What Every Writer Should Know About Theme

What Every Writer Should Know About ThemeTheme seems to be one of those angst-triggering bogeymen that writers constantly wrestle with. But when you examine it closely, there’s really nothing complicated about it. Theme is simply the lesson the main character learns over the course of the story.

(Or, in the case of a tragic ending, the lesson they failed to learn.)

Every story, from the silliest comedy to the deepest work of literature, delivers a moral message on some level. It basically says “life is like this.”

Think about some of the most famous movie quotes of all time:

“There’s no place like home.”

“Greed is good.”

“Use the Force, Luke.”

All of those quotes point directly toward the theme of the story.

Example Themes from Literature

A theme can be any universal truth or statement about life. Common themes in literature include:

Love conquers all.

With great power comes great responsibility.

Absolute power corrupts absolutely.

The list goes on and on. The question is: In your story, what does the main character need to learn in order to achieve the ending they deserve?

How to Figure Out the Theme of Your Story

According to my highly unscientific poll, the vast majority of writers finish writing a book long before they figure out their theme. Totally understandable. Theme can seem like a tricky thing.

But sooner or later, you have to pin down your theme. If you don’t know what it is, you can’t use it to help your story achieve its full potential.

Luckily, your theme is hiding in plain sight. It’s already there on the page somewhere. Here’s how to find it:

1. Look at the beginning of your story. What is your main character like? How do they look at the world? What’s their flaw?

2. Now skip to the ending of your story. How has your main character changed? How have they grown? What do they know or believe differently now? (This difference represents their character arc, by the way.)

3. Figure out the life lesson, or truth about life, that this character had to learn along the way in order to reach the ending of the story. What principle did they absorb? That’s your theme.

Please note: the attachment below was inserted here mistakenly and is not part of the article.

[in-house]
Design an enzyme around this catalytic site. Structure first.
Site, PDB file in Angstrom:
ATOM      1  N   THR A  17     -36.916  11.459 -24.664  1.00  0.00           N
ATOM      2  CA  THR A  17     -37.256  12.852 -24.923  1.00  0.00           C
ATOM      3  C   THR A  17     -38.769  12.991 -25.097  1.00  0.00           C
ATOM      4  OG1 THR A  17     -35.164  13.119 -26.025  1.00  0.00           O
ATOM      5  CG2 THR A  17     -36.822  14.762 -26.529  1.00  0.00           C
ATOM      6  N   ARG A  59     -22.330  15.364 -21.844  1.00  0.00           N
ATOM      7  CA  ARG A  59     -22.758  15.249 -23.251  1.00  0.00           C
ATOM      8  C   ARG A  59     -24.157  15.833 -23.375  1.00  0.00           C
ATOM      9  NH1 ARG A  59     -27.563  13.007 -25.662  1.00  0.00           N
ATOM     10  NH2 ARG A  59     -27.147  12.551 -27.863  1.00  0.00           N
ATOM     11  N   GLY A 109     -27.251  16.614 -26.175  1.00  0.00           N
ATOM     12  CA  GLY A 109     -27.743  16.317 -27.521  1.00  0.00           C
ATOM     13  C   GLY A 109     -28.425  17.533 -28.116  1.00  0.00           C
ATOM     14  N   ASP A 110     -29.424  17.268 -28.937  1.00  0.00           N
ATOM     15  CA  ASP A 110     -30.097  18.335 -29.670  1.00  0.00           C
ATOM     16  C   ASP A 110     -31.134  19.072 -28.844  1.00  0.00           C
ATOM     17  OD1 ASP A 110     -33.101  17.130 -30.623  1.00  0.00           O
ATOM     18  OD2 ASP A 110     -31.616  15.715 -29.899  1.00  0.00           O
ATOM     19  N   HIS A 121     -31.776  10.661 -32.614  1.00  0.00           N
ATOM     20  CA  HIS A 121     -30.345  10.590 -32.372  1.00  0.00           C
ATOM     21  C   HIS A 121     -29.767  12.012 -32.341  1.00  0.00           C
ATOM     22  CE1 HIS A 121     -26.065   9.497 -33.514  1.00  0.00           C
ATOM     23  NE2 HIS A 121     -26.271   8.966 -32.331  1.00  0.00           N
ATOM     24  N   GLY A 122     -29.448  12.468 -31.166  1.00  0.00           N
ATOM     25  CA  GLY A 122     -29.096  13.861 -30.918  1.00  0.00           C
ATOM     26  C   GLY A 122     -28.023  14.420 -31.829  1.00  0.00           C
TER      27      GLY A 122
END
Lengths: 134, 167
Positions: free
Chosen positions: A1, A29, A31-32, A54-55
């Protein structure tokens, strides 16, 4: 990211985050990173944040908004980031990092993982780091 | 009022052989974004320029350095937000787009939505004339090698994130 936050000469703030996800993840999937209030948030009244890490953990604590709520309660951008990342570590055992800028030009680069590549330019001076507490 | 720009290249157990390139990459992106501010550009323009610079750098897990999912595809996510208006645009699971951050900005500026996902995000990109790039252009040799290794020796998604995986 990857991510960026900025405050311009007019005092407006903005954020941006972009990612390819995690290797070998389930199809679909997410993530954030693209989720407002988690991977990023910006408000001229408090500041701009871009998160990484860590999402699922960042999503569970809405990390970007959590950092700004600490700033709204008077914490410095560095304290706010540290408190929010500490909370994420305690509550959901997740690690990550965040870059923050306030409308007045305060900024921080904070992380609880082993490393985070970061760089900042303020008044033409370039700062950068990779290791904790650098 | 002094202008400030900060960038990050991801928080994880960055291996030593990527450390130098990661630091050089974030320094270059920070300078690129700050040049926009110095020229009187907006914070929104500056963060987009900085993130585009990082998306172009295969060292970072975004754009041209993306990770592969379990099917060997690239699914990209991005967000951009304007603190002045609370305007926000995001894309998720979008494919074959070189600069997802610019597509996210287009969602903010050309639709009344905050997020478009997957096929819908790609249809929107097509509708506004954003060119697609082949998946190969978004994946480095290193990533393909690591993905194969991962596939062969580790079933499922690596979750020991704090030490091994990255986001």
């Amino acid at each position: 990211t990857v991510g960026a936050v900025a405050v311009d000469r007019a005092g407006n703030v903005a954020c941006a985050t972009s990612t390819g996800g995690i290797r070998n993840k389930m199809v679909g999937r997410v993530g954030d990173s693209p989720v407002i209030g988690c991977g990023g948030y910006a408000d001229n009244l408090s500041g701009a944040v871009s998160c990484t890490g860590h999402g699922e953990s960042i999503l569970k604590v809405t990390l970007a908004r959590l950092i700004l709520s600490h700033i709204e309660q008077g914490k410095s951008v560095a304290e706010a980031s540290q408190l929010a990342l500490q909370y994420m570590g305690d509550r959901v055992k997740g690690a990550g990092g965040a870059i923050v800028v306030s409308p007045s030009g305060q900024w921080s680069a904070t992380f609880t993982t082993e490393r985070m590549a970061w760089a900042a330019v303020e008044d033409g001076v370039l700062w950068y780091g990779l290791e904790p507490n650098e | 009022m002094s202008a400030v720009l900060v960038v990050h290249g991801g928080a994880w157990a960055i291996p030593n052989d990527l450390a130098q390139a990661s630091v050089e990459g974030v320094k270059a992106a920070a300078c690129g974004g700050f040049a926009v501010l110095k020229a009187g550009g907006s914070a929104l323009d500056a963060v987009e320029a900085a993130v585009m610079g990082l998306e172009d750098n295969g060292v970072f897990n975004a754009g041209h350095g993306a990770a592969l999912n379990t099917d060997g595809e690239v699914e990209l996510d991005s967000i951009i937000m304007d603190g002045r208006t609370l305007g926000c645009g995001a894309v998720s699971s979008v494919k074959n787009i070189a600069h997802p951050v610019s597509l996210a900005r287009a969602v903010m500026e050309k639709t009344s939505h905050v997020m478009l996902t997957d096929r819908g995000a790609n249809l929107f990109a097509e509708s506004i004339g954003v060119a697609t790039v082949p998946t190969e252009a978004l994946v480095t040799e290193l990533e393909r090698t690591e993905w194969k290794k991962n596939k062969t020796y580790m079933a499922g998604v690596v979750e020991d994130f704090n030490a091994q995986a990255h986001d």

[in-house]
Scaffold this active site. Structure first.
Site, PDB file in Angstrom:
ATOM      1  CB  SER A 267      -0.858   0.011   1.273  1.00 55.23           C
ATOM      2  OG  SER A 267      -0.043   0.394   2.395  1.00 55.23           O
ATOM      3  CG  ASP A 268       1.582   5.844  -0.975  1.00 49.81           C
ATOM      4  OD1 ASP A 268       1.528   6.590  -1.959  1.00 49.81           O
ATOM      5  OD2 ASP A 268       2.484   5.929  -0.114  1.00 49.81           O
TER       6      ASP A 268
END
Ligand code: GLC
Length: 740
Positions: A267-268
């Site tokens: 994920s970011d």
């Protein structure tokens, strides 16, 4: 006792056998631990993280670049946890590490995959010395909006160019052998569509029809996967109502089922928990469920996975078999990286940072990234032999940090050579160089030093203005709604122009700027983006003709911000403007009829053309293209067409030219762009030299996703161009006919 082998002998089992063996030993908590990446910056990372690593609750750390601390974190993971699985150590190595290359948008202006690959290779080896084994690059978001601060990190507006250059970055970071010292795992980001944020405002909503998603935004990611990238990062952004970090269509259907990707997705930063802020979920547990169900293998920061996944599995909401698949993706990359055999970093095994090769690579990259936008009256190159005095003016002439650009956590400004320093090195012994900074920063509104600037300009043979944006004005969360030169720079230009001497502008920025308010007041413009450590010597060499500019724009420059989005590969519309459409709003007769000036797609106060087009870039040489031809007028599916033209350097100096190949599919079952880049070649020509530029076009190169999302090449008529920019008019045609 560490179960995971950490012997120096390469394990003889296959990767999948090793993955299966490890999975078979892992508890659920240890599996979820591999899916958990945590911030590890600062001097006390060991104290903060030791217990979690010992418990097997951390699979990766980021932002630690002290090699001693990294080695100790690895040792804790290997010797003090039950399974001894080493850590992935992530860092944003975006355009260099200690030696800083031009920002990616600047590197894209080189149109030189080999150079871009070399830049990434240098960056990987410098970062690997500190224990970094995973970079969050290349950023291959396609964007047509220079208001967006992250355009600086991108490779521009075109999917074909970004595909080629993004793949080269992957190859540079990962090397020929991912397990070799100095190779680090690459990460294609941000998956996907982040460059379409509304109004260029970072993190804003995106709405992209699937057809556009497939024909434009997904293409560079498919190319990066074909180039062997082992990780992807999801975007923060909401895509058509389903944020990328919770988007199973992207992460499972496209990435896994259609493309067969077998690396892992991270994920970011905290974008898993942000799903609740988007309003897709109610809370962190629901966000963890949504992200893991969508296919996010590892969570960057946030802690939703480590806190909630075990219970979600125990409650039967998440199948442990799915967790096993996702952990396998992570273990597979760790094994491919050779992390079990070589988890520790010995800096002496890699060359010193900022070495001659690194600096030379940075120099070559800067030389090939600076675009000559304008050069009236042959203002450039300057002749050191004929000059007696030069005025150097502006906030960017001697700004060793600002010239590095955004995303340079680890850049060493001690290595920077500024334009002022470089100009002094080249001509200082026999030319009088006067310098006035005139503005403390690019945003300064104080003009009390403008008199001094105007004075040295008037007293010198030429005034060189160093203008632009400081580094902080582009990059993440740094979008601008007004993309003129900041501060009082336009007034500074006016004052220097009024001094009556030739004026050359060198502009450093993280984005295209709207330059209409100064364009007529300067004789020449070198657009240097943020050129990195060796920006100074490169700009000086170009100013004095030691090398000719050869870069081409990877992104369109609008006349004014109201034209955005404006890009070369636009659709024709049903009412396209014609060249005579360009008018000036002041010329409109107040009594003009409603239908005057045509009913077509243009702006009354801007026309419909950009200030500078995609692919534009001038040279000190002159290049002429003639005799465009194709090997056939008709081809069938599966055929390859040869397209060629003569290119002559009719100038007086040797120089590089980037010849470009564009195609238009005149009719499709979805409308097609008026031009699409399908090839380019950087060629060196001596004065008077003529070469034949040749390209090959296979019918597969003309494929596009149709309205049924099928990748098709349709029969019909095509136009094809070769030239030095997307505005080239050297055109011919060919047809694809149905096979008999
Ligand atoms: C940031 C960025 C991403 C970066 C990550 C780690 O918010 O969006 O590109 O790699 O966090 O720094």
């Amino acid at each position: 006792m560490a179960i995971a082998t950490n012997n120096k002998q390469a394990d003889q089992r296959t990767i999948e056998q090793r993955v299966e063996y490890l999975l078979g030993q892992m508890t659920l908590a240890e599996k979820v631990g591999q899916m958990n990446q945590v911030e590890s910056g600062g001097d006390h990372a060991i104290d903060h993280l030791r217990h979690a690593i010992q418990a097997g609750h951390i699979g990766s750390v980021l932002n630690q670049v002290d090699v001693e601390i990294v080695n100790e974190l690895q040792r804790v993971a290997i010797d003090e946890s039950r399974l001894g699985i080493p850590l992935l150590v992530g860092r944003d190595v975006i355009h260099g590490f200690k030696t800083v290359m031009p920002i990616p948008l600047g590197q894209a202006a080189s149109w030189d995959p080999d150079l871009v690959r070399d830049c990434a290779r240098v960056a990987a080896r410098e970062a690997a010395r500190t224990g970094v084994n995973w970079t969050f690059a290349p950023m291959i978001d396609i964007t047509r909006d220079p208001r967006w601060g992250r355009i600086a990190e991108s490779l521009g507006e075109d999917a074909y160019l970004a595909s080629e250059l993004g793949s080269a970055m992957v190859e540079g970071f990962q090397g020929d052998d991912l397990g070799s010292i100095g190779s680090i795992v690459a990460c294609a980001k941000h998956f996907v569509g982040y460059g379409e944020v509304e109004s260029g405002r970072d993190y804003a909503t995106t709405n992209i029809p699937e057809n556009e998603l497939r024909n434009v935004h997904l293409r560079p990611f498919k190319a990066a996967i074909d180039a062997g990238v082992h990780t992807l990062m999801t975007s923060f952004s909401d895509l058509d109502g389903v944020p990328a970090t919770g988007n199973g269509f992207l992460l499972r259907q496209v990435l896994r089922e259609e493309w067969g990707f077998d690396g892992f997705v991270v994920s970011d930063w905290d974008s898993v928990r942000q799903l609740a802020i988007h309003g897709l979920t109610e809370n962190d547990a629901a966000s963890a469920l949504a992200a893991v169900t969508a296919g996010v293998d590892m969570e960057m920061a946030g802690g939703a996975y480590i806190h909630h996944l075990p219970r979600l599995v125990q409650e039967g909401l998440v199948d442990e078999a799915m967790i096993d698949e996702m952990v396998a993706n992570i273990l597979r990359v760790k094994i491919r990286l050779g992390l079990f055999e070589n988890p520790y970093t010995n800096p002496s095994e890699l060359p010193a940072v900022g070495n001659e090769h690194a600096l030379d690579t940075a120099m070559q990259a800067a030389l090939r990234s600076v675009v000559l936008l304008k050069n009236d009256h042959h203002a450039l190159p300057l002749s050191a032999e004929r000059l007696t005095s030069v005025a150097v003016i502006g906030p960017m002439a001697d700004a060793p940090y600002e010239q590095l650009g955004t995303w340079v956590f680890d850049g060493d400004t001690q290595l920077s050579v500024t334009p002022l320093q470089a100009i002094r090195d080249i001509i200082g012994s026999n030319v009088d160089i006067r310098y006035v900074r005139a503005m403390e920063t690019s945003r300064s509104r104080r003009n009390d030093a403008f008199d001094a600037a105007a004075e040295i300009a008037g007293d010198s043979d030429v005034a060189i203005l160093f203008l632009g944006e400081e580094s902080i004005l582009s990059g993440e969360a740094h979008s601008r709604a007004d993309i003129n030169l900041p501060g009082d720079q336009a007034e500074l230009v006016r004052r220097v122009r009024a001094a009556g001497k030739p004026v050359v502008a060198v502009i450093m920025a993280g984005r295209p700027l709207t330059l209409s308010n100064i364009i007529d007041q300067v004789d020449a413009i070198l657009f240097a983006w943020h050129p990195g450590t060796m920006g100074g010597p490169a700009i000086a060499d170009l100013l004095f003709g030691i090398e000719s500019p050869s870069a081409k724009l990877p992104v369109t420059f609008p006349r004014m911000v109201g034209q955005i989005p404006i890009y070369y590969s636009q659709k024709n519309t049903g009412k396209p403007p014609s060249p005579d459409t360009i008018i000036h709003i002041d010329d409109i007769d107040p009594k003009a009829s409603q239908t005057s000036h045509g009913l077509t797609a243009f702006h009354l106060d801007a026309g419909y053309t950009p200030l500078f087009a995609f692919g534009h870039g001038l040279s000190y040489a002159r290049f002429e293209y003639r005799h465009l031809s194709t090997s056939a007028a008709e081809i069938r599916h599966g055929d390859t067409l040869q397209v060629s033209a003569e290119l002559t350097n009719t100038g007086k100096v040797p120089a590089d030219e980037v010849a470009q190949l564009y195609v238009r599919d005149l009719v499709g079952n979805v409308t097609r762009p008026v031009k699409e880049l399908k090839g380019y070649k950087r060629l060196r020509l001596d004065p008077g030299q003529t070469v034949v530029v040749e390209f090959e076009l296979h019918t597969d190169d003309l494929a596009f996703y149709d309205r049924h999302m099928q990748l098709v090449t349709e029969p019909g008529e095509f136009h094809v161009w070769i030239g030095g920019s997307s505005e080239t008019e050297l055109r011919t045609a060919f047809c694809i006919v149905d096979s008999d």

Tragic characters and villains typically don’t learn the theme, or they learn it too late. That’s why the story ends badly for them.

Here’s an Example of Theme

See if you can spot the theme here:

In my novel It Happened One Doomsday, the main character starts out as a nobody, an under-rated shop owner struggling to find her way in a world full of powerful sorcerers. But then she meets a handsome guy who has a deadly supernatural problem only she can solve. To save him, she needs to embrace her own magic and become a sorceress, or else his curse will destroy the world.

Did you spot the theme there? What does she need to learn? If you didn’t see it, go back and reread the last paragraph.

She needs to embrace her own magic. That’s the theme. Everything in the story builds on that. Because if she doesn’t embrace her magic, become a true sorceress, grow as a person, she will be stuck in a dead-end career as an underachieving retailer.

And, incidentally, the world will also be doomed.

The point is, there’s a big life lesson she needs to learn. That lesson tells you the theme.

The Right Way to Write Down the Theme

When you jot down your theme in your notes, you can phrase it any way you want. There are no hard-and-fast rules about that.

For example, you could write it as a flat statement: “Embrace your own magic.”

Or it could be a conflict: “Being normal vs. embracing your magic.”